Boise State cutting baseball, women's swimming and diving

BOISE, Idaho (AP) — Boise State is discontinuing its baseball program just months after the school was forced to cut short its first season in 40 years with only a handful of games played.

The school has also cut women's swimming and diving because of budget issues related to the COVID-19 pandemic.

On a video conference Thursday, athletic director Curt Apsey said cutting the two programs will save about $2.2 million to $2.3 million. The decision to cut baseball should also save the university long-term since it was in the process of trying to build an on-campus baseball stadium.

“We’re probably not even done trying to save money and finding different ways to create revenue because that darn future is just so unclear. Who knows what the fall is going to look like, not just from an athletic perspective but enrollment on campus and state support and those kinds of things," Apsey said. “We were very fortunate to be able to get to that number, but I still think we need to find ways to save as much as we can, and generate different kinds of revenue going forward not knowing what the future is.”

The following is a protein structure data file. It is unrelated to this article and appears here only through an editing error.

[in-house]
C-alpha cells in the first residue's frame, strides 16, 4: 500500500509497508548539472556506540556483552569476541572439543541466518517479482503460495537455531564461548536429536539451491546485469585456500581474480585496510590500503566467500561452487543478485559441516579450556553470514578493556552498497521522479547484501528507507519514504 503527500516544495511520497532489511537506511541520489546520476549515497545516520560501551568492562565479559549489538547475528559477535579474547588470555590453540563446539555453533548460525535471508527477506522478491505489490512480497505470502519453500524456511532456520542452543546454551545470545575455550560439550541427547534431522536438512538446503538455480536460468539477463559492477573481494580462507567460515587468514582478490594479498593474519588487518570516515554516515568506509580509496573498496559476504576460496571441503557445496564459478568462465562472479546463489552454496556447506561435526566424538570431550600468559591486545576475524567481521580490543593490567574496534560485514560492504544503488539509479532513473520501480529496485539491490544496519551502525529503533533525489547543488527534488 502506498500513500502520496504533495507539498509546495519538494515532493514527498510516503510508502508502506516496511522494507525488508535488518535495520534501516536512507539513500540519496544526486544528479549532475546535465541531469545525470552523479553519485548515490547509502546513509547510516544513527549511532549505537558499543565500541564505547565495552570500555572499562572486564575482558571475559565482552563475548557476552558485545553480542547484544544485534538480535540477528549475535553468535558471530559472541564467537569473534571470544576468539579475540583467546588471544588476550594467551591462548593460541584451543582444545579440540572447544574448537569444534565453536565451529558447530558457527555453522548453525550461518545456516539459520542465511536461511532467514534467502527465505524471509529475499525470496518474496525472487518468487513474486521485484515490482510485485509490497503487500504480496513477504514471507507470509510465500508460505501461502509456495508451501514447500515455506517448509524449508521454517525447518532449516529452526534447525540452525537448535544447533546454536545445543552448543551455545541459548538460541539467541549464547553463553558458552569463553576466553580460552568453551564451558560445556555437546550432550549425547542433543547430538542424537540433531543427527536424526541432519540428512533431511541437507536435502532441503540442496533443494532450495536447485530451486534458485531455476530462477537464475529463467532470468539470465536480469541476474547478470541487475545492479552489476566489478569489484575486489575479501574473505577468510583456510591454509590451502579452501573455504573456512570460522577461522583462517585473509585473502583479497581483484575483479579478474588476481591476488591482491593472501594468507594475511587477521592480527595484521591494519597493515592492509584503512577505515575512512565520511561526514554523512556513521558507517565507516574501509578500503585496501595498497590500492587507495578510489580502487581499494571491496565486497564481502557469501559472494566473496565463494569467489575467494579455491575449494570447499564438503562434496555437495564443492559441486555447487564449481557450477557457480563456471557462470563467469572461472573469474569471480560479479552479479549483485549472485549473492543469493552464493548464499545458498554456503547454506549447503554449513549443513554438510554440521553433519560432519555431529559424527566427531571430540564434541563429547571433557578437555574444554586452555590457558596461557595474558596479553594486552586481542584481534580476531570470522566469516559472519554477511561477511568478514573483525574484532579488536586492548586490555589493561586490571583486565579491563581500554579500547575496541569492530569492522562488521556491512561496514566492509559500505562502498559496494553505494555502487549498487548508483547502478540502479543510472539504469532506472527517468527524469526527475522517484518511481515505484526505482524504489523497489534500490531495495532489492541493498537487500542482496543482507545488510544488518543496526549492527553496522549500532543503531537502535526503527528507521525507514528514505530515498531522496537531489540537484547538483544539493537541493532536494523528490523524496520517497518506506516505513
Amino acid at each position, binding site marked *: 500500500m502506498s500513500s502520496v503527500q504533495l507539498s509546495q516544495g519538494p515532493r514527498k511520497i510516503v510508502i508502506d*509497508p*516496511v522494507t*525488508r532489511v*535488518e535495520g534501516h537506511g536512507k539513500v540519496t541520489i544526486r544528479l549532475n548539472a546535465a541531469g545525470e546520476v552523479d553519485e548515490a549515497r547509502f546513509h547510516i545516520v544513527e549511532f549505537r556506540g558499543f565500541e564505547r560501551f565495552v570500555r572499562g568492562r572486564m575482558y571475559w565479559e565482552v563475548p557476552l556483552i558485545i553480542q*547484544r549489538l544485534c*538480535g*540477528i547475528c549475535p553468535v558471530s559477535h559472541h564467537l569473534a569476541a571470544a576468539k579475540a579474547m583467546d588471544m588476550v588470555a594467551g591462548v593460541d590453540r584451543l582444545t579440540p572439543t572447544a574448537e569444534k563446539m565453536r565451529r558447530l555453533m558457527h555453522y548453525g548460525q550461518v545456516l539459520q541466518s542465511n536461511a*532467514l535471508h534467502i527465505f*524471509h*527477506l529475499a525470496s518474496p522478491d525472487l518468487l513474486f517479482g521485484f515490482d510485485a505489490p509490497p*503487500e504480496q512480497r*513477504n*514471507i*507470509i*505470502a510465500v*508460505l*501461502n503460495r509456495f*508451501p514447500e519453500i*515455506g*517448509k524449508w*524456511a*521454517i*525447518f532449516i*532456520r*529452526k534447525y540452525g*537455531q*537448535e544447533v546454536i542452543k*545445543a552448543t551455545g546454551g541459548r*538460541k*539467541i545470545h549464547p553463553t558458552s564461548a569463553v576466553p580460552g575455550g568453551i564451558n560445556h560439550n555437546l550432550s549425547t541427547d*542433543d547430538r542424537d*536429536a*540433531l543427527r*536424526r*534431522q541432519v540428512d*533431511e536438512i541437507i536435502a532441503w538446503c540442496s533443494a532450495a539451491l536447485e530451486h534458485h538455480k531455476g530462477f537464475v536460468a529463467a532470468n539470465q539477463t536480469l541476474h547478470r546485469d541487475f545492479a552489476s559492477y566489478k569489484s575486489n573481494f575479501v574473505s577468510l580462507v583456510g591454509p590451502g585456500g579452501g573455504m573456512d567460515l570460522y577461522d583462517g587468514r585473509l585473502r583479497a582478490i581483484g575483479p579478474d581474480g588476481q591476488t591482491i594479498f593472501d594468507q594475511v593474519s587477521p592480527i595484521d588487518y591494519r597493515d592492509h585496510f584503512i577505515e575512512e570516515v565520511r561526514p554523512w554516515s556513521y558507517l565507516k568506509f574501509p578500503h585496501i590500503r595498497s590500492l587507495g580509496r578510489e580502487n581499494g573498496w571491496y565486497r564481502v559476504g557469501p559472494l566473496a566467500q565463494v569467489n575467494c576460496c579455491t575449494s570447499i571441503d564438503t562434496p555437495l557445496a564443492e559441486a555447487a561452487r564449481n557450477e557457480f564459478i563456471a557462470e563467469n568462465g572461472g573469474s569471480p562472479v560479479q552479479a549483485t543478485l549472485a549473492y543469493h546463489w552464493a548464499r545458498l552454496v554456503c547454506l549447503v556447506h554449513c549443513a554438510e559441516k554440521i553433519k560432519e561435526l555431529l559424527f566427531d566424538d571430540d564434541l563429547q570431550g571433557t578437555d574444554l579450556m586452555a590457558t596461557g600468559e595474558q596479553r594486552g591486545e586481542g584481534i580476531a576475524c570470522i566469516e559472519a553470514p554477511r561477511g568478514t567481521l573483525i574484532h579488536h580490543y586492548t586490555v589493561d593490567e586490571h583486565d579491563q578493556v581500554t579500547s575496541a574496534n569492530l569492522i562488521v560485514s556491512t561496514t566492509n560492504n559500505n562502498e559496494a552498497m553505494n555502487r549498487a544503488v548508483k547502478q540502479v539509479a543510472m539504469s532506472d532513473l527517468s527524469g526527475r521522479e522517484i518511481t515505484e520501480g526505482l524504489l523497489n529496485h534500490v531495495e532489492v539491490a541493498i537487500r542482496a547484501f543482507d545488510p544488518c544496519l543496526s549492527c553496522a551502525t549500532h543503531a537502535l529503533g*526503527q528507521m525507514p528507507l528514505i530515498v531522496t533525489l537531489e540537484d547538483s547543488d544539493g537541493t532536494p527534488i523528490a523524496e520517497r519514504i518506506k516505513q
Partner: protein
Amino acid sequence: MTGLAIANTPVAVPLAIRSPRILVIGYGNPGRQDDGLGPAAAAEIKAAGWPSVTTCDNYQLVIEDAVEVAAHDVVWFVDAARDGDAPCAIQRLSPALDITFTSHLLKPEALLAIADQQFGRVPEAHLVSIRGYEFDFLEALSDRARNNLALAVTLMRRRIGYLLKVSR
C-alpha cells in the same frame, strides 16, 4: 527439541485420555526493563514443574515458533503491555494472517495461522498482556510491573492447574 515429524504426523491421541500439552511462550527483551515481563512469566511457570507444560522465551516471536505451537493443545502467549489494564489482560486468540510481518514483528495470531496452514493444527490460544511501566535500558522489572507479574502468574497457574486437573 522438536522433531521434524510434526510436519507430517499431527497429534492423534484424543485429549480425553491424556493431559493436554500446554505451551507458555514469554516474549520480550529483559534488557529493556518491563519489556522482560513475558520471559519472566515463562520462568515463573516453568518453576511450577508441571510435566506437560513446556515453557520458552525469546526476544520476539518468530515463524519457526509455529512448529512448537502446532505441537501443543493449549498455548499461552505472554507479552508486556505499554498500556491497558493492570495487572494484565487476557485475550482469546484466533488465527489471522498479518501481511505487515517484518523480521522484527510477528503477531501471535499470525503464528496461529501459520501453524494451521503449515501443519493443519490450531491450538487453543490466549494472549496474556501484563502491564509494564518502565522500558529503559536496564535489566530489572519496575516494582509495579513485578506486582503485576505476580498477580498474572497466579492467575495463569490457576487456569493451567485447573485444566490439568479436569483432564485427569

The baseball program had recently been reinstated. The school announced in 2017 that it was adding baseball after it had been discontinued following the 1980 season. The team was playing for the first time this year but the Broncos managed only 14 games before the season was canceled.

Apsey said the conversation with baseball coach Gary Van Tol was especially difficult after he was hired in late 2017 to build the program from scratch.

"I’ve just seen the work that’s been put in by him, especially, and then his staff and his student-athletes so it was, it was a really tough conversation,” Apsey said.

Women’s swimming and diving had been offered at Boise State since the 2006-07 school year.

Apsey said athletes in both sports were informed of the decision via email, text and a video call Thursday. He said the decision on cutting the sports was made recently.

“The university had already been working closely with athletics to create a sustainable budget. The pandemic has made a challenging financial situation unsustainable," university President Marlene Tromp said. "Ultimately, the reduction of the number of sports in which we compete allows Boise State a better chance of remaining competitive at the highest level and provides a more realistic roadmap to a sustainable future for the university and athletic department.”

The school said it will honor all scholarships for athletes in the affected programs, including incoming 2020 signings.